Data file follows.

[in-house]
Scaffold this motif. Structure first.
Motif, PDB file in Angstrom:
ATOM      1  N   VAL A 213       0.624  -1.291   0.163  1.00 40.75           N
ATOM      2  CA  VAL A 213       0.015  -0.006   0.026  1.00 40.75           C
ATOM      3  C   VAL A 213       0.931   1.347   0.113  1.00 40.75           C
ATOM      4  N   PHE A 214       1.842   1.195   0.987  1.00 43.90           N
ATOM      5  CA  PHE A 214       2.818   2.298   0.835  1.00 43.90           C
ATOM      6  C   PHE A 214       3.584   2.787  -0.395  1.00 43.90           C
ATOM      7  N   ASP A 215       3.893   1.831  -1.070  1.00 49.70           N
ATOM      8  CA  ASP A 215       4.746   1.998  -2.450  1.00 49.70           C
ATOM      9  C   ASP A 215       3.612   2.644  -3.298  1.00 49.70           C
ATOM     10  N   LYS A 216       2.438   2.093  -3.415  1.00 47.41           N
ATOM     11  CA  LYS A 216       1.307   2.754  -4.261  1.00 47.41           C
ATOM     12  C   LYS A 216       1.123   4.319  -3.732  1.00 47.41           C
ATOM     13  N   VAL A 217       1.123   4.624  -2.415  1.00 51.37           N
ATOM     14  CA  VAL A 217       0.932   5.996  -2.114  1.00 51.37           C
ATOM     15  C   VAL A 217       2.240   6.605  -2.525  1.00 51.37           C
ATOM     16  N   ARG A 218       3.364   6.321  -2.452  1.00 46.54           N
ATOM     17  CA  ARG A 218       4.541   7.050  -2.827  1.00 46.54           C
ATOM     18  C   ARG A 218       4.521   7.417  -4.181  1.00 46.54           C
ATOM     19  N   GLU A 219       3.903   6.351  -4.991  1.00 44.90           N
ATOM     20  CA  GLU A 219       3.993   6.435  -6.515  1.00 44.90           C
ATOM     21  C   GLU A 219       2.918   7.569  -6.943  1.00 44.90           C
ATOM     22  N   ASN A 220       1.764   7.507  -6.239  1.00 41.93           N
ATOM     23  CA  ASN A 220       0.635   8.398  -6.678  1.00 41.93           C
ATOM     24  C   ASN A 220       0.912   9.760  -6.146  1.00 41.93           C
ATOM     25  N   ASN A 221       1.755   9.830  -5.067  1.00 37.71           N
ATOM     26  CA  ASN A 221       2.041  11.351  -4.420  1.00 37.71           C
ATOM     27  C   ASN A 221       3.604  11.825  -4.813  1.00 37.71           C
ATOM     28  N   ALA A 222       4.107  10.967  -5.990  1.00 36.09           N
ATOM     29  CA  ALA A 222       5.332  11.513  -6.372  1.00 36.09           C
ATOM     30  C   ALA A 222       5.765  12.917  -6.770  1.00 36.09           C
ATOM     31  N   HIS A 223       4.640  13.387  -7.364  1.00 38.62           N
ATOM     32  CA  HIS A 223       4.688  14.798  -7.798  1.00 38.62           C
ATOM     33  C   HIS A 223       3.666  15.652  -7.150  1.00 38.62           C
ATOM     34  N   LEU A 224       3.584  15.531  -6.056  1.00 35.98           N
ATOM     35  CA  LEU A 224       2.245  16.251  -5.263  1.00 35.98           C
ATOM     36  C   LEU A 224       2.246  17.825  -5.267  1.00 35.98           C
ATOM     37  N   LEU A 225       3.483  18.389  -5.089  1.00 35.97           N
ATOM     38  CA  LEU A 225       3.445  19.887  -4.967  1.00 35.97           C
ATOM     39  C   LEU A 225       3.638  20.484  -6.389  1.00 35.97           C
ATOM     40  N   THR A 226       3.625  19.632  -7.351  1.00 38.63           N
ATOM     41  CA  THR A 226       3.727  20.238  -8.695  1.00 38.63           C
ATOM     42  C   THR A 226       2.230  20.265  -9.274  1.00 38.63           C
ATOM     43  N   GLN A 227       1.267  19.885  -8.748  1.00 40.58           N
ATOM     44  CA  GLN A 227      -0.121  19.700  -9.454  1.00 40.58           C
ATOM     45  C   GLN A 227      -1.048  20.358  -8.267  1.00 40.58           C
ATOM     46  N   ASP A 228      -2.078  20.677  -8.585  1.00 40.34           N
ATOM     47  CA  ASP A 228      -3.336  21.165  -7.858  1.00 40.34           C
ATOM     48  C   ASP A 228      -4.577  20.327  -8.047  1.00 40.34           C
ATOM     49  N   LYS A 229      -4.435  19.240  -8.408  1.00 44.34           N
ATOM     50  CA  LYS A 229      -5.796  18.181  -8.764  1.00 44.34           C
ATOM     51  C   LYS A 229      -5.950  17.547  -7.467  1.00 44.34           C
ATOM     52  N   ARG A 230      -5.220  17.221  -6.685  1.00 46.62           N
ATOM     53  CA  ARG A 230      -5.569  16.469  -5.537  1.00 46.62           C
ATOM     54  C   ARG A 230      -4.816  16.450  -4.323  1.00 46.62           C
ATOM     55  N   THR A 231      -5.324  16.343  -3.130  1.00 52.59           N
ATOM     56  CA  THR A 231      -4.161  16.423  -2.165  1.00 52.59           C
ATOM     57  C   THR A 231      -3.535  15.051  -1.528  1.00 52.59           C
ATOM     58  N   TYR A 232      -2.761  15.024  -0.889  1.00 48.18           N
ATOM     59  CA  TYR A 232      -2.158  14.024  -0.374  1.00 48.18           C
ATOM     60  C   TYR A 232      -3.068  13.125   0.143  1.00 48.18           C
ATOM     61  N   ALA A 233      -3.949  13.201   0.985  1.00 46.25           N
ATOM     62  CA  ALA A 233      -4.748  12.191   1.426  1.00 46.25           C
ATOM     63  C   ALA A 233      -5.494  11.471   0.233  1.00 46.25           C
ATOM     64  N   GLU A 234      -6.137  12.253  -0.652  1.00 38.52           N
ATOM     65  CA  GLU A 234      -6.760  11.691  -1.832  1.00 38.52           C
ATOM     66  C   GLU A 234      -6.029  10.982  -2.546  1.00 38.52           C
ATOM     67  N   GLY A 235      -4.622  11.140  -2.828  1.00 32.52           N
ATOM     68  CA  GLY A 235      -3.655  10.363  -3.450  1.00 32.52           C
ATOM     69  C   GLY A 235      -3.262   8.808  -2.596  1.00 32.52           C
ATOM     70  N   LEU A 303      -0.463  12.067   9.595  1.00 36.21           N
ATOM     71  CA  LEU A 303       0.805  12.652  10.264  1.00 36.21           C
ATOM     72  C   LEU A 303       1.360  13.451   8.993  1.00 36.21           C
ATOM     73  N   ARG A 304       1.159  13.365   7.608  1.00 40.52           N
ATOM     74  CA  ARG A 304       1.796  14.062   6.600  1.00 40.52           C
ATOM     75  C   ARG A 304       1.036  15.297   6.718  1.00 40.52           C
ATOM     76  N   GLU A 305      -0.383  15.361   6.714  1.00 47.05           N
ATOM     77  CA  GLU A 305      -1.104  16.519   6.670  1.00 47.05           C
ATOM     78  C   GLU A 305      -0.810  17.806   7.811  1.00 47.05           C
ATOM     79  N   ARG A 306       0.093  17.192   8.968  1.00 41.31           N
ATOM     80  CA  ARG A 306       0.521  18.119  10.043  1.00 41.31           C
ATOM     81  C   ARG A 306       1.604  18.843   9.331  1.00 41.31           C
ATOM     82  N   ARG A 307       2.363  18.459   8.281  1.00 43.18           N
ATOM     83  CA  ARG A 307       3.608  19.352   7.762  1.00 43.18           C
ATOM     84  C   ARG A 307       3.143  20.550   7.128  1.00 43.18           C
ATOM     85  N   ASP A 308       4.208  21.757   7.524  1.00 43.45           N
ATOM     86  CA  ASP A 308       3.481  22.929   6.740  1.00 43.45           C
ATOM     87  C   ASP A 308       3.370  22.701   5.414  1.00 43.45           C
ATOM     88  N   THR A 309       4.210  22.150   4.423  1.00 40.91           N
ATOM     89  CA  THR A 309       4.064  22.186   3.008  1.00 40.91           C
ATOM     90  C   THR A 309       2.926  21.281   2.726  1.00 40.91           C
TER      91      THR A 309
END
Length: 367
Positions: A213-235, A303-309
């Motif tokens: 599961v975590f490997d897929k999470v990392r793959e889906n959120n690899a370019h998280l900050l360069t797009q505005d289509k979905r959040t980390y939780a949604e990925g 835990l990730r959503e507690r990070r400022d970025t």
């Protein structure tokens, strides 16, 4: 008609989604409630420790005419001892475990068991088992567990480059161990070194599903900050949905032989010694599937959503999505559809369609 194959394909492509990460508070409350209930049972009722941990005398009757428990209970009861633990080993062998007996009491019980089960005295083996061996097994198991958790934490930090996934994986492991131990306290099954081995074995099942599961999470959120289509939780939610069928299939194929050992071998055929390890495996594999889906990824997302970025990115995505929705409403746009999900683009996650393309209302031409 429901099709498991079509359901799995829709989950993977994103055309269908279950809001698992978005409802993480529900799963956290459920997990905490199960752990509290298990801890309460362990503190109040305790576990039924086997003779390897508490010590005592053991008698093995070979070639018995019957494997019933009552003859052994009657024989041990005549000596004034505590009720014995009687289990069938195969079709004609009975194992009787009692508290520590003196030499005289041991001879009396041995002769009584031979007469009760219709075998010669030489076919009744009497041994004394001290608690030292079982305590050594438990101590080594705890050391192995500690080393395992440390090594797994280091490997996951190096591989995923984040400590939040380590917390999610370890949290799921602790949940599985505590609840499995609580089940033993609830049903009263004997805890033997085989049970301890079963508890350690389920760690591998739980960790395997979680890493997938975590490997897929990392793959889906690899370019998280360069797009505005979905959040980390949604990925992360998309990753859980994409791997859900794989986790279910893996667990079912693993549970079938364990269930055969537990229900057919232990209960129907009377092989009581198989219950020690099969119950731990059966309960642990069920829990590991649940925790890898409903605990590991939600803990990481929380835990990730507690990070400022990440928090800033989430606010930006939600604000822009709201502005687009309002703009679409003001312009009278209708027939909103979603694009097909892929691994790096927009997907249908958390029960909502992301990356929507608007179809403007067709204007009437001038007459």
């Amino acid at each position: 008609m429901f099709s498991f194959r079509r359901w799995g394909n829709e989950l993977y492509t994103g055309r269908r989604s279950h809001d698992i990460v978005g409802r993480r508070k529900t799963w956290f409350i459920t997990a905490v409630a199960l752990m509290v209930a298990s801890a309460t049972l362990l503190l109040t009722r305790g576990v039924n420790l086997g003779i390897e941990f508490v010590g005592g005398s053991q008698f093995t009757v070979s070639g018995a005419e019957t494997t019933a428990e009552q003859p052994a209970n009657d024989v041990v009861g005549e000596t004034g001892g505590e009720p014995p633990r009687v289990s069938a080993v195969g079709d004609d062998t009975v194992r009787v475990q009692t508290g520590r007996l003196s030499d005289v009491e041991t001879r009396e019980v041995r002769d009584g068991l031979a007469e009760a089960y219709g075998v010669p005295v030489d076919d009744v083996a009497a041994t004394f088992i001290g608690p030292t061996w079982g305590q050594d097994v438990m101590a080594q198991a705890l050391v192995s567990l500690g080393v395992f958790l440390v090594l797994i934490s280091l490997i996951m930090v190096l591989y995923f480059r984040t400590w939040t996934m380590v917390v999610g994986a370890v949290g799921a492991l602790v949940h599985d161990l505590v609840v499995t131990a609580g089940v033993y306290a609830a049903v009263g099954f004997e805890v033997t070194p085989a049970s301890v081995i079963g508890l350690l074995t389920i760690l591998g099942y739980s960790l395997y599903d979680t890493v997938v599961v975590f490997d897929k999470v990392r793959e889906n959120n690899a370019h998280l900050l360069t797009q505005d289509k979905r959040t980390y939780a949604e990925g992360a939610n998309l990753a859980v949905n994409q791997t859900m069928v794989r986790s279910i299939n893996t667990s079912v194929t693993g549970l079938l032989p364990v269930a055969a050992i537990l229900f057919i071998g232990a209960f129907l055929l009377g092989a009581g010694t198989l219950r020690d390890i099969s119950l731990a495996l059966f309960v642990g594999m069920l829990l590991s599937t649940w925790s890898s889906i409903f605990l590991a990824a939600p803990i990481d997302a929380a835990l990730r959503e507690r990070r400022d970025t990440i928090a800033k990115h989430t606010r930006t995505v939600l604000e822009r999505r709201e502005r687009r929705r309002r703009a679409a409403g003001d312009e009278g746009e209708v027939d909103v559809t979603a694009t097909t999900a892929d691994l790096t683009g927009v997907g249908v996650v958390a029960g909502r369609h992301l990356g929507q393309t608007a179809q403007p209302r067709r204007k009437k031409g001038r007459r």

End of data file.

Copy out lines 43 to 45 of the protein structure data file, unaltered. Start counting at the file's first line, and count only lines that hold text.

ATOM     40  N   THR A 226       3.625  19.632  -7.351  1.00 38.63           N
ATOM     41  CA  THR A 226       3.727  20.238  -8.695  1.00 38.63           C
ATOM     42  C   THR A 226       2.230  20.265  -9.274  1.00 38.63           C